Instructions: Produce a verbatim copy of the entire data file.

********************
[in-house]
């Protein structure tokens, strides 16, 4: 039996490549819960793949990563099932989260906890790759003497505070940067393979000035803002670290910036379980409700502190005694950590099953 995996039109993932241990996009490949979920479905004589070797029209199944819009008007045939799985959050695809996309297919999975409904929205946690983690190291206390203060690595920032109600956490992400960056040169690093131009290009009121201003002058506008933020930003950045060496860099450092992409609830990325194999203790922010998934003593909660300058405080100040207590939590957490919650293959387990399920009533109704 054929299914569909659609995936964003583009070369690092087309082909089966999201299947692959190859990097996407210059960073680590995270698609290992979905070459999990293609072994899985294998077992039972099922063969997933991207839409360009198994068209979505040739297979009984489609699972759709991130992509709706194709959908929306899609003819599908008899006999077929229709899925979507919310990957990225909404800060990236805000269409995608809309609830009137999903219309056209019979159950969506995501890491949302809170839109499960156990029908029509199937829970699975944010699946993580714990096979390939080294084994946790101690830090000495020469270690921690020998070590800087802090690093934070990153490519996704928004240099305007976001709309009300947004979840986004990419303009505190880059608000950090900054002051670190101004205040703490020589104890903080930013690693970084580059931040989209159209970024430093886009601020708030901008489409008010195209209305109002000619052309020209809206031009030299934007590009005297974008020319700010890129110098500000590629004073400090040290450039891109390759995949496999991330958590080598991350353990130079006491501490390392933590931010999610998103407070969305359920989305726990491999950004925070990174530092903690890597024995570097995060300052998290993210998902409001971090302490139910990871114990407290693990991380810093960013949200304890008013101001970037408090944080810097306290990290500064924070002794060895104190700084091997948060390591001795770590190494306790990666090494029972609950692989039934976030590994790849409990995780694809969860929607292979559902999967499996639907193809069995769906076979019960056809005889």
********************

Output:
[in-house]
């Protein structure tokens, strides 16, 4: 039996490549819960793949990563099932989260906890790759003497505070940067393979000035803002670290910036379980409700502190005694950590099953 995996039109993932241990996009490949979920479905004589070797029209199944819009008007045939799985959050695809996309297919999975409904929205946690983690190291206390203060690595920032109600956490992400960056040169690093131009290009009121201003002058506008933020930003950045060496860099450092992409609830990325194999203790922010998934003593909660300058405080100040207590939590957490919650293959387990399920009533109704 054929299914569909659609995936964003583009070369690092087309082909089966999201299947692959190859990097996407210059960073680590995270698609290992979905070459999990293609072994899985294998077992039972099922063969997933991207839409360009198994068209979505040739297979009984489609699972759709991130992509709706194709959908929306899609003819599908008899006999077929229709899925979507919310990957990225909404800060990236805000269409995608809309609830009137999903219309056209019979159950969506995501890491949302809170839109499960156990029908029509199937829970699975944010699946993580714990096979390939080294084994946790101690830090000495020469270690921690020998070590800087802090690093934070990153490519996704928004240099305007976001709309009300947004979840986004990419303009505190880059608000950090900054002051670190101004205040703490020589104890903080930013690693970084580059931040989209159209970024430093886009601020708030901008489409008010195209209305109002000619052309020209809206031009030299934007590009005297974008020319700010890129110098500000590629004073400090040290450039891109390759995949496999991330958590080598991350353990130079006491501490390392933590931010999610998103407070969305359920989305726990491999950004925070990174530092903690890597024995570097995060300052998290993210998902409001971090302490139910990871114990407290693990991380810093960013949200304890008013101001970037408090944080810097306290990290500064924070002794060895104190700084091997948060390591001795770590190494306790990666090494029972609950692989039934976030590994790849409990995780694809969860929607292979559902999967499996639907193809069995769906076979019960056809005889």